Feminism Representation in The Movie Mulan: Literature Review

About this sample

About this sample


Words: 1076 |

Pages: 2|

6 min read

Published: Jul 15, 2020

Words: 1076|Pages: 2|6 min read

Published: Jul 15, 2020

The 1994 Disney film Mulan portrays individualism to motivate younger girls to pursue their dreams. The push for feminism is shown through Mulan’s individualistic behavior, while it breaks some of China’s taboo behaviors regarding the mannerisms of a woman.

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Lauren Dundes currently teaches at McDaniel College and publishes articles about any topics regarding race and gender. She has published multiple articles about Disney princesses and their roles in feminism, race, and gender roles. Madeline Streiff is associated with Hastings College of Law and has collaborated with Dundes regarding Disney princesses. This article jabs at the flaws shown in Mulan and The Princess and the Frog. In Mulan, the end storyline could have further emphasized Mulan’s freedom and individualistic thinking, but the movie ended in her fulfilling her domestic duties. In The Princess and the Frog, Tiana resumes playing her role as the help. Her adventures as an anthropomorphic frog did not further her personality nor did it help her reach her goal in owning a restaurant.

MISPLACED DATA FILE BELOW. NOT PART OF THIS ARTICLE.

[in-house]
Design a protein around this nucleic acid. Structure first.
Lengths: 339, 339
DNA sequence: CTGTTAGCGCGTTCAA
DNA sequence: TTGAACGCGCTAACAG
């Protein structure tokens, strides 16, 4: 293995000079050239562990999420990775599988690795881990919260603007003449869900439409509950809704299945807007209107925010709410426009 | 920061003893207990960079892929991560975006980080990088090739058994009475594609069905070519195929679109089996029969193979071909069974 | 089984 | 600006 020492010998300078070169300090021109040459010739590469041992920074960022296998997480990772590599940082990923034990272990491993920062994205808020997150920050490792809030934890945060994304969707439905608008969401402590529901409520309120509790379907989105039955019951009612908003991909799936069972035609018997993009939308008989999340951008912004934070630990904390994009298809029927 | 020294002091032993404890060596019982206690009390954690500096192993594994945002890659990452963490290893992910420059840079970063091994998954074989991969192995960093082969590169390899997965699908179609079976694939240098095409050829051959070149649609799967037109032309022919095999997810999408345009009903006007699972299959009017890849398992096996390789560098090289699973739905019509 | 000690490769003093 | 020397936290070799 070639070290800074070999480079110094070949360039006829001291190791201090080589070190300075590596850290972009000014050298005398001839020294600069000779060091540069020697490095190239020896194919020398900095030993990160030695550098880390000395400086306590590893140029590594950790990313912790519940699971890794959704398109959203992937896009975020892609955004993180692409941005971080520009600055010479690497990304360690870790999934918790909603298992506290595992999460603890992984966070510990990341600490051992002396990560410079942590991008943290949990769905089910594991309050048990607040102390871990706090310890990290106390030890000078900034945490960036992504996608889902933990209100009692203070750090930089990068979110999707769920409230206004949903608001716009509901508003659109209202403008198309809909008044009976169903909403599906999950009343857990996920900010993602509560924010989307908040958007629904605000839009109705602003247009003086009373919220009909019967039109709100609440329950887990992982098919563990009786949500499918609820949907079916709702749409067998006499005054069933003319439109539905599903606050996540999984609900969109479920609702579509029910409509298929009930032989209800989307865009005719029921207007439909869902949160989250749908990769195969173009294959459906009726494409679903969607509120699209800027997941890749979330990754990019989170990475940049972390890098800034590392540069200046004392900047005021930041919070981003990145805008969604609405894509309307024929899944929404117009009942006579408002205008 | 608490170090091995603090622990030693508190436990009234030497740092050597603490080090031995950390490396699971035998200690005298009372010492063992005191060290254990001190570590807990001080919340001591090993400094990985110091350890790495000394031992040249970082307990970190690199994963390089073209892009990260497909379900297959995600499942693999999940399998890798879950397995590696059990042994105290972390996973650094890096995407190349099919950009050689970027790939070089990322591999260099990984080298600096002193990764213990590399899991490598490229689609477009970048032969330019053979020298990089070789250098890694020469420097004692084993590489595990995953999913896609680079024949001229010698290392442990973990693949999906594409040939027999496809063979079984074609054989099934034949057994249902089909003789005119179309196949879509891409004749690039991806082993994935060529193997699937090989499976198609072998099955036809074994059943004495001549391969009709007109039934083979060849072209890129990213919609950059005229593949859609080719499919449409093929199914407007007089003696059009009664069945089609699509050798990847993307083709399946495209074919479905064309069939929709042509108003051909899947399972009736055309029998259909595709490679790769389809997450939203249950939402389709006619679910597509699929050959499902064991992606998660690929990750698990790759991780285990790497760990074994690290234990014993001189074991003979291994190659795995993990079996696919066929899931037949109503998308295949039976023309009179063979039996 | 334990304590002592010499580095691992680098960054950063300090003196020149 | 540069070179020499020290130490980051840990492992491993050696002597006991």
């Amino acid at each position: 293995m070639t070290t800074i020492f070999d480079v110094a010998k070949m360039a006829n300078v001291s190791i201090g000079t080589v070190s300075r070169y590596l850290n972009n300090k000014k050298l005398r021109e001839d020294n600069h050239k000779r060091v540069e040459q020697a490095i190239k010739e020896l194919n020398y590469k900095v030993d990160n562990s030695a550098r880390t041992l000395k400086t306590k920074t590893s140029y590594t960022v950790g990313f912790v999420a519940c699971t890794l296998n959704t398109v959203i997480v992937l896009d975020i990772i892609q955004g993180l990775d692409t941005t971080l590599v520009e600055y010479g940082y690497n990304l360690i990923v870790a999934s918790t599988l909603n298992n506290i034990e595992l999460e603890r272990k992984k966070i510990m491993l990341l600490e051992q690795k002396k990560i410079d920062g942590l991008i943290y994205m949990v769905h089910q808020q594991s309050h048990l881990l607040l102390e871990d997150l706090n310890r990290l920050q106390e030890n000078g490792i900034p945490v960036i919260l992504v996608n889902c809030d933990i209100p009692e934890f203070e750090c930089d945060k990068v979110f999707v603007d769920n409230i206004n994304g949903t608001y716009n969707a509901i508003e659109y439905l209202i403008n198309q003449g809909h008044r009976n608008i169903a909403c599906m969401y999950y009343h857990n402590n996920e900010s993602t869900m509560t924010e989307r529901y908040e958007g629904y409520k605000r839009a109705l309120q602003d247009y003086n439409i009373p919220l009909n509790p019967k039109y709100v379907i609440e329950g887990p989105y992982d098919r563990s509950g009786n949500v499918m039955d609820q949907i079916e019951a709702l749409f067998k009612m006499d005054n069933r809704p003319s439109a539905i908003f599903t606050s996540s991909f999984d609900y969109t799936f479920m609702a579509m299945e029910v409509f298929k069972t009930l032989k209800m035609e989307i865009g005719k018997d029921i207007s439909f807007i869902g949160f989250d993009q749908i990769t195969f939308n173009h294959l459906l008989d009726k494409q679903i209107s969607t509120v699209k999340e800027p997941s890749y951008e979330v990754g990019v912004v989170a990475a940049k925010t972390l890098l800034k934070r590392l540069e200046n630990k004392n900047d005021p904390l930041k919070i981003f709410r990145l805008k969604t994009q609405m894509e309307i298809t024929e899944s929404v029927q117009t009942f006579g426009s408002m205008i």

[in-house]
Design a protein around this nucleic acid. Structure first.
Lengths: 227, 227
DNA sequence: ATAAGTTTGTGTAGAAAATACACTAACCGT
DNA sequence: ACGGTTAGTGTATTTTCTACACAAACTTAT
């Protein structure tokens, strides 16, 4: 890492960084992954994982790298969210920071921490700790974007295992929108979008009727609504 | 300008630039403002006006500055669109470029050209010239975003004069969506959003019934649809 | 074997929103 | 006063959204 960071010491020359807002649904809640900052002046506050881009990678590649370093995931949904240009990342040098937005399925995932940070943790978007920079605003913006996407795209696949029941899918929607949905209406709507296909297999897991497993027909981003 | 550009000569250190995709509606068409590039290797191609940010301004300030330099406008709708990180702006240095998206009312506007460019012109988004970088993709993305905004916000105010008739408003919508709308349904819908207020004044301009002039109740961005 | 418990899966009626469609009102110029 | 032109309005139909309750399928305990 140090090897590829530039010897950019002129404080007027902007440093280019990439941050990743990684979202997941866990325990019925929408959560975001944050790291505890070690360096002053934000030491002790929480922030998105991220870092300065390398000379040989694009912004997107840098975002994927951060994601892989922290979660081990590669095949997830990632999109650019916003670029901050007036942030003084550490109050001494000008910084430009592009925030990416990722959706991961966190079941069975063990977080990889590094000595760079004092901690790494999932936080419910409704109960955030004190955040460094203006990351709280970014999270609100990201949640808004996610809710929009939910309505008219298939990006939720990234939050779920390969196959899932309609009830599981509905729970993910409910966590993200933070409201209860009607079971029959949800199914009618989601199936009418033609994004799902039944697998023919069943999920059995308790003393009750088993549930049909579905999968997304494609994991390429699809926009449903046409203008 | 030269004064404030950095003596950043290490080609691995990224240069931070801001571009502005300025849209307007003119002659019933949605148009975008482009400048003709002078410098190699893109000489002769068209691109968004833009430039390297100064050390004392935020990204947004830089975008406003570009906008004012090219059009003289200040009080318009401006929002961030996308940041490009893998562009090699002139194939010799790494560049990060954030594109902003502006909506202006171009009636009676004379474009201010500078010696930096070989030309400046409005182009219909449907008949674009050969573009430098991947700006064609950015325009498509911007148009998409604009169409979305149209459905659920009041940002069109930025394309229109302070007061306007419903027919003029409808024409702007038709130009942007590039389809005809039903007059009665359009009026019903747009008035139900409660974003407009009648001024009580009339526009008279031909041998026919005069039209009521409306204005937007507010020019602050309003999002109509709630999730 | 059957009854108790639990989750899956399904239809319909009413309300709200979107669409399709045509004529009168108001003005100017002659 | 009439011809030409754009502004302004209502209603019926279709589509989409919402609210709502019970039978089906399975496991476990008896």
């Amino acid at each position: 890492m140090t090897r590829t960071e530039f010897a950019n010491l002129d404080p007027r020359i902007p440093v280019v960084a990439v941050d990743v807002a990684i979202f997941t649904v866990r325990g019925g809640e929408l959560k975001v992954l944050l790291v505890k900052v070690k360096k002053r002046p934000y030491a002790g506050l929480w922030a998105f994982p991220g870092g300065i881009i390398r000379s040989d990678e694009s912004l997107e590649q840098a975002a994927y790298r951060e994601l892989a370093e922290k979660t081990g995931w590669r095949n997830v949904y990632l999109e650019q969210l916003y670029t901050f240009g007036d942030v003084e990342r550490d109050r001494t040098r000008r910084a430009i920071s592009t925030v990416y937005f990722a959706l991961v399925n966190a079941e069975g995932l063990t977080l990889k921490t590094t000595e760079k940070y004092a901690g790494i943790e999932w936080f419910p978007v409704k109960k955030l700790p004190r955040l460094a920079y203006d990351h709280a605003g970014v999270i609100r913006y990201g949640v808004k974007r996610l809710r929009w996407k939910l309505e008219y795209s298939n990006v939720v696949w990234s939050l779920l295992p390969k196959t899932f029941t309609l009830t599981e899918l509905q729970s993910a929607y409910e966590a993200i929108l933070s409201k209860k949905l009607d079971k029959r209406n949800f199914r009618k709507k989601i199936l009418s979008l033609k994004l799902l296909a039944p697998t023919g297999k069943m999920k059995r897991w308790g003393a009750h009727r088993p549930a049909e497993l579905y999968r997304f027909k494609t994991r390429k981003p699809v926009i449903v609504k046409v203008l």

This article is very helpful in providing opposing views to my argument. Aside from adding opposite views, this article’s section on Mulan shone a light on the different symbolisms used to portray her rebellious state. This article is also helpful in comparing Mulan to another Disney movie. Regarding The Princess and the Frog, this article talks about the social ladder seen throughout the movie. The social ladder in this movie and the gender roles in Mulan share similar characteristics with one another.